A comparison can be made to Iraq, where one year after a troop surge in early 2007, Gen. Ray T. Odierno was able to point to a dramatic reduction in insurgent attacks and civilian deaths.
But a year after the troop surge was launched in Afghanistan — 100,000 U.S. troops are in the country — both numbers are up, and 2010 was the deadliest year of the war for U.S. personnel and Afghan civilians. The United Nations reported last week that 2,777 civilians were killed in 2010, 75% of them by the Taliban and other insurgents.
A report March 2 by the British Parliament’s foreign affairs committee concluded that despite the “optimistic progress appraisals we heard from some military and official sources … the security situation across Afghanistan as a whole is deteriorating.” Counterinsurgency efforts in the south and east have “allowed the Taliban to expand its presence and control in other previously relatively stable areas in Afghanistan.”
“The Taliban have the momentum, especially in the east and north,” analyst Gilles Dorronsoro of the Carnegie Endowment for International Peace told the committee. “There is no change in the overall balance of power, and the Taliban are still making problems.”
The British report argued that the coalition should focus on negotiating with the Taliban, reflecting a view among some analysts that a peace deal is the key to extricating NATO forces from a bleak military situation. Another camp argues that even without reconciliation, the U.S. can achieve its primary goal in Afghanistan — preventing Al Qaeda from planning attacks from there — with far fewer troops.
Under this view, instead of continuing a nation-building campaign, which critics argue is seeing billions lost to corruption and flowing indirectly to the Taliban, the U.S. could battle the enemy with a smaller footprint of conventional forces supporting special operations troops and Predator drone strikes.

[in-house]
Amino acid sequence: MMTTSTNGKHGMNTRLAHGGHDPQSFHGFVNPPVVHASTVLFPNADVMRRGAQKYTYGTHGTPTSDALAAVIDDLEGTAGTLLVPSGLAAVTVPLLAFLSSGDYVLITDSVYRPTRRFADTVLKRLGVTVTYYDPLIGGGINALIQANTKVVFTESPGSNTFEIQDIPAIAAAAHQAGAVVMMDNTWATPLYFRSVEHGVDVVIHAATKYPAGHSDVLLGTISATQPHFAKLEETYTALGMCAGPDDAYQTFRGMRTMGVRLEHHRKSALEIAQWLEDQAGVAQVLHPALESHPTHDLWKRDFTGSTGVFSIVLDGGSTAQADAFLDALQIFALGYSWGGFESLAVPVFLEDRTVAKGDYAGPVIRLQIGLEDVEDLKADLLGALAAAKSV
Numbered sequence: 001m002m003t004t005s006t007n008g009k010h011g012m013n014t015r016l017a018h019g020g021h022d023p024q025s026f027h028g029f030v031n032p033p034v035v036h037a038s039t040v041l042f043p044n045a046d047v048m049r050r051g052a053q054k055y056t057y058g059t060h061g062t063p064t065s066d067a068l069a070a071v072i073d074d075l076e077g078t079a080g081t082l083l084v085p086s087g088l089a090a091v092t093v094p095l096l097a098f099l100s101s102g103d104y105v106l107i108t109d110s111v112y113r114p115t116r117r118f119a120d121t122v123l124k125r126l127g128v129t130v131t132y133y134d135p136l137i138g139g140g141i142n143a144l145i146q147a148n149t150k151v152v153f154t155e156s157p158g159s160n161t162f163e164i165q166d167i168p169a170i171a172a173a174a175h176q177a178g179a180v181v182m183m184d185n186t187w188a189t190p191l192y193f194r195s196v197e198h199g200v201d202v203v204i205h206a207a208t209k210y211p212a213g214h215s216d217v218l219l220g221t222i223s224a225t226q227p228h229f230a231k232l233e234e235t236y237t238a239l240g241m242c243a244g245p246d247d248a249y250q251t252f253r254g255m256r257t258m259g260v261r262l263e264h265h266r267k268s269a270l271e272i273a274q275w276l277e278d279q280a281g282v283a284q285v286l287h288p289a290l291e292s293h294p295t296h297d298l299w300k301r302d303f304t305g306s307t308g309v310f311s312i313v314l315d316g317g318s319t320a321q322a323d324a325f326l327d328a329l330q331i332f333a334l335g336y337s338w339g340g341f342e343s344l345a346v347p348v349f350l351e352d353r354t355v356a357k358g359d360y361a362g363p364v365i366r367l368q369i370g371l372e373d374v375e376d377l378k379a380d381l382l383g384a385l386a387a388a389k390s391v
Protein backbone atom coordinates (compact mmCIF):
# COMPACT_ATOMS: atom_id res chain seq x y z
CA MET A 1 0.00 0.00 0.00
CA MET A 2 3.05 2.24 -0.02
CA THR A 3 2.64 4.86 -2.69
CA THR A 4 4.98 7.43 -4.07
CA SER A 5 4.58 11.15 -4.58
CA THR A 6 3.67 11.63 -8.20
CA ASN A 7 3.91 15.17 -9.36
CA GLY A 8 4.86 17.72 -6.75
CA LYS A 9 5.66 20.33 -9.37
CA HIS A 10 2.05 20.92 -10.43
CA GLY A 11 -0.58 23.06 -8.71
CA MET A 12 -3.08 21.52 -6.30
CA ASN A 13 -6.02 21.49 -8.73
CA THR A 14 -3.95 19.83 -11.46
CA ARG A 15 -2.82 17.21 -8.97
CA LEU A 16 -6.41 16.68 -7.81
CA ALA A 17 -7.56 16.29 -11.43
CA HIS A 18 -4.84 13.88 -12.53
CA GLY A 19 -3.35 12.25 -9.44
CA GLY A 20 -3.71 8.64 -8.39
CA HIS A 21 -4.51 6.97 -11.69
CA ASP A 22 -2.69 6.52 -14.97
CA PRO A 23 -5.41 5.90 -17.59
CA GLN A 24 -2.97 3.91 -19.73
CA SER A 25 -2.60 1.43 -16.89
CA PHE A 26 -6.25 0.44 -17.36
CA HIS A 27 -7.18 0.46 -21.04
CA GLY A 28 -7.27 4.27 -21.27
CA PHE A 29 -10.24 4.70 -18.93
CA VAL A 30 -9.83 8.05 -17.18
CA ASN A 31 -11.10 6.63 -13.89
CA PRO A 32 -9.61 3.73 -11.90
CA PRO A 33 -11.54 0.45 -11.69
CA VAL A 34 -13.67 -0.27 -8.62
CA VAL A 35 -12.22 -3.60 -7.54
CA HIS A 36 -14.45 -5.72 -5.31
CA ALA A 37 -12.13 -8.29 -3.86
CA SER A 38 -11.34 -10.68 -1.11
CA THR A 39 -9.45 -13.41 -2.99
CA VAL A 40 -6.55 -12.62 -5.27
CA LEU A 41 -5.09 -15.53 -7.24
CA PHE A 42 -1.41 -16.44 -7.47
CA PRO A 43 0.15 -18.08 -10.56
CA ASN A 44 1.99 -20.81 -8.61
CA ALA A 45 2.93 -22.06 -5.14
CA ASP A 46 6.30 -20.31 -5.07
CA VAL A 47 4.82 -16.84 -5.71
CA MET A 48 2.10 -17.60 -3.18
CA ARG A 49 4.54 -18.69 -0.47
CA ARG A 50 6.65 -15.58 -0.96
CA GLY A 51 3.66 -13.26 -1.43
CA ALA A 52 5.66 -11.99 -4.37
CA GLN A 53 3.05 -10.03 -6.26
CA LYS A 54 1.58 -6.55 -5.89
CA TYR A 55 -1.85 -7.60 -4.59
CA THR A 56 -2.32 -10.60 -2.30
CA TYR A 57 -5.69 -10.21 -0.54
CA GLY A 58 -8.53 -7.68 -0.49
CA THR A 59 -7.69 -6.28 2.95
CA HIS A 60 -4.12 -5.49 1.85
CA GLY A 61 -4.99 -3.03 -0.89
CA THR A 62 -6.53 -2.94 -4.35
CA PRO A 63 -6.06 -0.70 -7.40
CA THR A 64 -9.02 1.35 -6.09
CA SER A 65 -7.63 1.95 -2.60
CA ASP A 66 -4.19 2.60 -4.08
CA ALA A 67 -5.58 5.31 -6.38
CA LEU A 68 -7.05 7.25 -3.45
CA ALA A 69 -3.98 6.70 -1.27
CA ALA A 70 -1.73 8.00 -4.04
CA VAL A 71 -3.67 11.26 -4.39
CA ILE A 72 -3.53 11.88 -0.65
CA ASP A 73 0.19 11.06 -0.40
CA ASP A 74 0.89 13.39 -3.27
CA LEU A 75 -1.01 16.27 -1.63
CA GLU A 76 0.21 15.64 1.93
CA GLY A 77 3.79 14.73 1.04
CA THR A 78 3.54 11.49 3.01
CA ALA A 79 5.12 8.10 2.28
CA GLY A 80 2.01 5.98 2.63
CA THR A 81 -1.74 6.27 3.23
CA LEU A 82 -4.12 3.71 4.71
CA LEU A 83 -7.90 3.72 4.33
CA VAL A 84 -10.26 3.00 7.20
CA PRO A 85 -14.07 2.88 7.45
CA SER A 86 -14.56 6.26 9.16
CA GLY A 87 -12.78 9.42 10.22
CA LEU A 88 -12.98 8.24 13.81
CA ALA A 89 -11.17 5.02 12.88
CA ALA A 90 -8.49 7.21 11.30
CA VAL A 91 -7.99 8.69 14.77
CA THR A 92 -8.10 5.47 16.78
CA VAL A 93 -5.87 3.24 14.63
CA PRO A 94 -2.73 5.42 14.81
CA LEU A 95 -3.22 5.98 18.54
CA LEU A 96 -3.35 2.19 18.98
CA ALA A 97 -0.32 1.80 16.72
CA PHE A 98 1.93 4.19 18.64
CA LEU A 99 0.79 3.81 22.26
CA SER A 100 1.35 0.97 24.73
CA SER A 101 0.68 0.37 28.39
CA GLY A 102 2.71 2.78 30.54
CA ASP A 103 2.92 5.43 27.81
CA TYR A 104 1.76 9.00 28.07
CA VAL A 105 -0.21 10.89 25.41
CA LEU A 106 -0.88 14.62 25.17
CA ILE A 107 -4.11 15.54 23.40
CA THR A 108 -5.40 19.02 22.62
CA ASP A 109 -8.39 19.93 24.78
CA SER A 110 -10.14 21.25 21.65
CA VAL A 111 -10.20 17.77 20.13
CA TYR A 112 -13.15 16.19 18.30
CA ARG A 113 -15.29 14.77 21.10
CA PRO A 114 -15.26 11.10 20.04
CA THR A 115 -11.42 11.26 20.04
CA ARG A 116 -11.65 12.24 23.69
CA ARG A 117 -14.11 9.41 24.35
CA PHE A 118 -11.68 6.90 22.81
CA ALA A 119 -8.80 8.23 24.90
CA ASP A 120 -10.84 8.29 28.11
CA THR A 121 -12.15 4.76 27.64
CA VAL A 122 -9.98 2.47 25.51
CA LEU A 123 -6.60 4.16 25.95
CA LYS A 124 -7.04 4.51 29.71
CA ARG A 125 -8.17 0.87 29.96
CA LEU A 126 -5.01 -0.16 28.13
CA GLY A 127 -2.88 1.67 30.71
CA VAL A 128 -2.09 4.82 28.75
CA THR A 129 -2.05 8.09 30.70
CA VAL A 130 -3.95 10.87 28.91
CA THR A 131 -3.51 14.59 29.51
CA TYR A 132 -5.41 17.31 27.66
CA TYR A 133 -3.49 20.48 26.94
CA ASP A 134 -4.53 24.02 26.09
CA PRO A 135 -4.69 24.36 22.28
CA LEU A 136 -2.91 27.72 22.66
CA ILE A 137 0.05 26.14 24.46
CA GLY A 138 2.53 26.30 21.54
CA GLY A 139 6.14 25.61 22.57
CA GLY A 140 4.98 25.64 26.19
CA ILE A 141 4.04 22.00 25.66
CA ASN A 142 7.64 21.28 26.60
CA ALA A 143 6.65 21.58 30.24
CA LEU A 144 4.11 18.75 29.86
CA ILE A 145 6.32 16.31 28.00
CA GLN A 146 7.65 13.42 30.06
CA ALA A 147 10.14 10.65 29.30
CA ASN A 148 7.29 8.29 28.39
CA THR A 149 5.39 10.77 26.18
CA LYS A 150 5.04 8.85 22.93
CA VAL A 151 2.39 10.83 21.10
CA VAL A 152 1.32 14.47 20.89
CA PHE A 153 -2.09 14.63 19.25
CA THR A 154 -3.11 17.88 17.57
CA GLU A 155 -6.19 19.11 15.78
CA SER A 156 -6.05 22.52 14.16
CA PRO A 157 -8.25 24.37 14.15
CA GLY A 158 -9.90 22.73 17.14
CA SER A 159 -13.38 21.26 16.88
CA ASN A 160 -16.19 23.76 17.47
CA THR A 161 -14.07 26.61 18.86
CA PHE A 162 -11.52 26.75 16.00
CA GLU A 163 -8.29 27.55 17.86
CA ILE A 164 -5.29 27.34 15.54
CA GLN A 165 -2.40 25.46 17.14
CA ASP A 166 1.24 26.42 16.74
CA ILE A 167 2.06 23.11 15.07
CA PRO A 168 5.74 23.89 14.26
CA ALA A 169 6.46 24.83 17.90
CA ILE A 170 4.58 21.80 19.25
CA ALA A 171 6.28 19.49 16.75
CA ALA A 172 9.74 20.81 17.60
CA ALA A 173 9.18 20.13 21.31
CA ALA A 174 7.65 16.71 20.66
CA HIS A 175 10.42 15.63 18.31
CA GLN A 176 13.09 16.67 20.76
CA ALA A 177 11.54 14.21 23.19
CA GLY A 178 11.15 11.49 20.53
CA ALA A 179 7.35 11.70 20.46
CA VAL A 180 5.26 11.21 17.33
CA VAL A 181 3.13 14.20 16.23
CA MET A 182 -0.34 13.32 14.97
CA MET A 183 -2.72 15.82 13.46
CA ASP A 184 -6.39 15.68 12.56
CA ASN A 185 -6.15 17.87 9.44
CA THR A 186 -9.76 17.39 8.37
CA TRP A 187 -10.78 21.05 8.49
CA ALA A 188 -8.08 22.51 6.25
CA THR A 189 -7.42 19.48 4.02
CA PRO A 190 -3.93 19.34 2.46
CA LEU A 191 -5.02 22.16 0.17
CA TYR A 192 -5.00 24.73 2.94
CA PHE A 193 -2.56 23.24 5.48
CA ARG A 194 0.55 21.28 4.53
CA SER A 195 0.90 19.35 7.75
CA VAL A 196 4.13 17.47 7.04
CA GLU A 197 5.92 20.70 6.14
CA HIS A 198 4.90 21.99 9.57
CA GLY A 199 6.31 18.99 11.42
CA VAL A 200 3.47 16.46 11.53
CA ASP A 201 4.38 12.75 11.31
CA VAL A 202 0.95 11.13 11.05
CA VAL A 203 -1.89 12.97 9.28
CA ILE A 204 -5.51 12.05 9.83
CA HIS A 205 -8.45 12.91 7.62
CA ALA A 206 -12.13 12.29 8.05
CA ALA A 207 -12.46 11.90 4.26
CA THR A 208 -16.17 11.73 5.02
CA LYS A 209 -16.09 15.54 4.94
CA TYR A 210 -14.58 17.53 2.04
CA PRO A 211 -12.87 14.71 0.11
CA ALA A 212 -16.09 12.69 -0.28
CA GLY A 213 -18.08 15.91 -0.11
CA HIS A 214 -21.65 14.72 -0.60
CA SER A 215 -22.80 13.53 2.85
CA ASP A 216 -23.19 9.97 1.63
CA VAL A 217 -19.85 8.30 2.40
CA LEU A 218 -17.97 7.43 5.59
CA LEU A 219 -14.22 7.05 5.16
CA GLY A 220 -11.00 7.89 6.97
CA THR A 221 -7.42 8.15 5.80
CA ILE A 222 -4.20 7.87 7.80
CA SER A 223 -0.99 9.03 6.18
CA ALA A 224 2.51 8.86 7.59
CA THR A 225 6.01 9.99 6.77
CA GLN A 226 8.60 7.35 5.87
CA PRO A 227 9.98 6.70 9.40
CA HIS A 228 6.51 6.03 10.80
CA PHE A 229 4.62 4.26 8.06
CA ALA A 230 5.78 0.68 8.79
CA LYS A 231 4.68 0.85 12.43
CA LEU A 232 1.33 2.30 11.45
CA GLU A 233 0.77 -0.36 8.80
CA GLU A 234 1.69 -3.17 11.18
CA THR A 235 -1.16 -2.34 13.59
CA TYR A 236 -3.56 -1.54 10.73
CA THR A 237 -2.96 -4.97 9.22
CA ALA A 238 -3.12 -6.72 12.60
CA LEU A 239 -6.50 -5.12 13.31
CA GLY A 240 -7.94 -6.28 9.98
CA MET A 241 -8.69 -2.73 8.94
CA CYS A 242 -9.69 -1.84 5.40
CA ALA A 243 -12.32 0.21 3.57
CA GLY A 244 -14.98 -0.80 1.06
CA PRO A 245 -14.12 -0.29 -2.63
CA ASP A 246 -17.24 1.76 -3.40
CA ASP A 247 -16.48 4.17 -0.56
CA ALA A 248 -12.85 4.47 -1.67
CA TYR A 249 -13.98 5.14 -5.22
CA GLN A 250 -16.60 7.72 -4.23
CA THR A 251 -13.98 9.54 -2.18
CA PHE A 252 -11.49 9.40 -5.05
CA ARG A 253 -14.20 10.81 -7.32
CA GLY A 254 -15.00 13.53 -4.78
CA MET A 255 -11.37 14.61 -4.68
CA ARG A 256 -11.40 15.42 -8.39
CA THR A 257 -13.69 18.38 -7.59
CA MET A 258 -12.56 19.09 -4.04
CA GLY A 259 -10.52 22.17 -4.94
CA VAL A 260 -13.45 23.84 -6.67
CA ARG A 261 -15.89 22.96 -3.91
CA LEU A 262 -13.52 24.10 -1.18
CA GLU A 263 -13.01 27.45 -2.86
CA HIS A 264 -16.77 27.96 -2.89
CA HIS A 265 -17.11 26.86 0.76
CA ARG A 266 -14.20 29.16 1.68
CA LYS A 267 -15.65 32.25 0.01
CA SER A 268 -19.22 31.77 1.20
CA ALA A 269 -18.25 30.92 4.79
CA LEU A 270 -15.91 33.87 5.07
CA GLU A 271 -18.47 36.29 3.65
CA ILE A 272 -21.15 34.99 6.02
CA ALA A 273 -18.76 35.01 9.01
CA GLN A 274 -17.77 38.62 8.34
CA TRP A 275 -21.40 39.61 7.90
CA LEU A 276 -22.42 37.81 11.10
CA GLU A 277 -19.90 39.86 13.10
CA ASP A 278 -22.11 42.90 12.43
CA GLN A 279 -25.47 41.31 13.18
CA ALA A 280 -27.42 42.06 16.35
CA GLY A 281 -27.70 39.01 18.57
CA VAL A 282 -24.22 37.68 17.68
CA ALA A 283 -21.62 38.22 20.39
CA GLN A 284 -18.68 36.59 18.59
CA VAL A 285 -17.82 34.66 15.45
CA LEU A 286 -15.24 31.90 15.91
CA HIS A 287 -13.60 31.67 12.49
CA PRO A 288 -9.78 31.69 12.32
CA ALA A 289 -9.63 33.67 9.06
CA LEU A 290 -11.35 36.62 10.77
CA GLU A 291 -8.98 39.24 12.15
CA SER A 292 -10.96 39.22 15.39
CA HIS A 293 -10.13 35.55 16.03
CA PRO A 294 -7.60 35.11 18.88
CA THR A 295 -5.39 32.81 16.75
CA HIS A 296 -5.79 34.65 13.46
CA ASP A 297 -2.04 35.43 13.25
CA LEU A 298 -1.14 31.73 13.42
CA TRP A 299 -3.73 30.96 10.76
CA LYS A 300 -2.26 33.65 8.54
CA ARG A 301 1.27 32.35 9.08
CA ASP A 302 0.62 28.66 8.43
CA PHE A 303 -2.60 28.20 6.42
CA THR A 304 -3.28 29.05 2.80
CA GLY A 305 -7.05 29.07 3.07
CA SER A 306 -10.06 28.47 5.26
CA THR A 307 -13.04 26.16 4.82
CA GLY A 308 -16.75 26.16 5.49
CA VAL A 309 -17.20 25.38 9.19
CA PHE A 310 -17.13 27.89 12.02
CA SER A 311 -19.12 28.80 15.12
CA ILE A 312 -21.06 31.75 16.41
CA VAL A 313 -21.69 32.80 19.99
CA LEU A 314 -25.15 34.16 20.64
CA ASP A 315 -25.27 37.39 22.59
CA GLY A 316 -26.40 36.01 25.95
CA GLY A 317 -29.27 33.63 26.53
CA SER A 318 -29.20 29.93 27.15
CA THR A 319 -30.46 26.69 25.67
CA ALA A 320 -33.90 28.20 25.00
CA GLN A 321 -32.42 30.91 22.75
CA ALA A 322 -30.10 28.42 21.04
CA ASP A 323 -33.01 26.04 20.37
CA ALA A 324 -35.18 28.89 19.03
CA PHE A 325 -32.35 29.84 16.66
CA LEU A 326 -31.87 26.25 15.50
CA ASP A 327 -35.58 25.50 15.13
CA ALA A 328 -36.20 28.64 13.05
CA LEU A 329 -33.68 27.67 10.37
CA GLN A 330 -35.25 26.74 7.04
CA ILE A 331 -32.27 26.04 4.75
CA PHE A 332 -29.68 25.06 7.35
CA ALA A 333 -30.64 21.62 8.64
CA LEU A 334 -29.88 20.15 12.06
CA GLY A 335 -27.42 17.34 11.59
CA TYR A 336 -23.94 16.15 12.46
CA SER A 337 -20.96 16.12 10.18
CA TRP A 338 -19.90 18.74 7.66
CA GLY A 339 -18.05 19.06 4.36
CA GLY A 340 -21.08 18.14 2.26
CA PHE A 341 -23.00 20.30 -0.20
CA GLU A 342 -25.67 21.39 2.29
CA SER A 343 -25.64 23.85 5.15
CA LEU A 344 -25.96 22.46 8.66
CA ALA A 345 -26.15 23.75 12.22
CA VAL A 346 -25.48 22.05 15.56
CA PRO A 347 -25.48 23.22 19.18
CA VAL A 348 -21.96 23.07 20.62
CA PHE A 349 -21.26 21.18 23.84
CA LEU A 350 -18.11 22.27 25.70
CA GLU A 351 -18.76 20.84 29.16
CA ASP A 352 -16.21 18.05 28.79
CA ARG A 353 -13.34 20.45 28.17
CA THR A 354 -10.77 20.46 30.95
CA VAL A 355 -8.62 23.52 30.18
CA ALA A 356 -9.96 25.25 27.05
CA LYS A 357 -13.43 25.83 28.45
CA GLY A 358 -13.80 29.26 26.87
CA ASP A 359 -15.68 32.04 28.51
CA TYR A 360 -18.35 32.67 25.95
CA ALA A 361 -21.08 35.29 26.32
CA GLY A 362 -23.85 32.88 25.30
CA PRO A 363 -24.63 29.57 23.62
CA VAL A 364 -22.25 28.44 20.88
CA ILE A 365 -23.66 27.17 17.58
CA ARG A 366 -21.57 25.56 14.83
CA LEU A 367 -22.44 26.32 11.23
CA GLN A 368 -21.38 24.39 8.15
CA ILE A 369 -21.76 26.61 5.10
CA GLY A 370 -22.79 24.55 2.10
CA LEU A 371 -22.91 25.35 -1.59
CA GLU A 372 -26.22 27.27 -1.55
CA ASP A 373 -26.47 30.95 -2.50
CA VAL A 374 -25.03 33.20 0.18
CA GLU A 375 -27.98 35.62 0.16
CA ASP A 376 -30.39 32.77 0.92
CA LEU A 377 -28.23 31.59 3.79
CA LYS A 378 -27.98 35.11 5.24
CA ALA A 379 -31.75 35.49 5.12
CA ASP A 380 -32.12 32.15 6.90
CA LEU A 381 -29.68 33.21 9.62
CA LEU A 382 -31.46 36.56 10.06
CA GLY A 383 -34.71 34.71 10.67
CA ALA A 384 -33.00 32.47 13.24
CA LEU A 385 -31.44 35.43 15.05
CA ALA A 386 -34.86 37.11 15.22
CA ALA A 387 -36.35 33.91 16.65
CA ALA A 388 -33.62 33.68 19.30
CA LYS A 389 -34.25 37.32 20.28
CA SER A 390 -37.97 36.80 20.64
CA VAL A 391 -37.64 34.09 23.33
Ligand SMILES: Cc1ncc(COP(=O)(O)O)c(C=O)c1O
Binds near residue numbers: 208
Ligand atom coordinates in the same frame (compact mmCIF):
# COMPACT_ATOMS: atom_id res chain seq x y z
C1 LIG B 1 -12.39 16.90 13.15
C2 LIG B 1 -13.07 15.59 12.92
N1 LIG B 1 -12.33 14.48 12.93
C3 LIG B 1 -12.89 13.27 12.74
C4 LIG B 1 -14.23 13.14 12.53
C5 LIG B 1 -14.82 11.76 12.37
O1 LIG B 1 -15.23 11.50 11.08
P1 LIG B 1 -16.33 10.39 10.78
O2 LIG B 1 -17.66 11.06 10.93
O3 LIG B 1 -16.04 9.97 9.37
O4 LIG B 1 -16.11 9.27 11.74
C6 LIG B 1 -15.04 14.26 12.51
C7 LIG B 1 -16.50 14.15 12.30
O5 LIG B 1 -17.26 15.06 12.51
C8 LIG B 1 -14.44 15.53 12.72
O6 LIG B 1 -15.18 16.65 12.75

Obama decided against that approach in 2009, but the debate is gaining new currency as doubts about the war grow, said Joshua Foust, a former U.S. intelligence analyst.
“I see a growing chorus of criticism on the political right,” he said.
Retired Marine Col. Bing West, whose recent book, “The Wrong War,” is based on years of embedding with soldiers in Afghanistan, argues that the U.S. strategy has created a culture of dependency among Afghans, who lack buy-in. The U.S. should reduce the size of its force and focus on training the Afghan army, he writes.
U.S. officials disagree, arguing that a sharp reduction in U.S. forces would allow the Taliban to retake large swaths of the country. But they don’t suggest the road ahead will be easy.
In Kabul last week, Petraeus told the Associated Press that he hoped that “by July we will have solidified and even expanded further the security bubbles, the security gains that have been achieved over the course of the last eight to 10 months in particular.”
But he warned that 2011 could be even more violent.
“They will come back in force,” Petraeus said of the Taliban. “There is some concern that there will be sensational attacks that could be indiscriminate in nature.”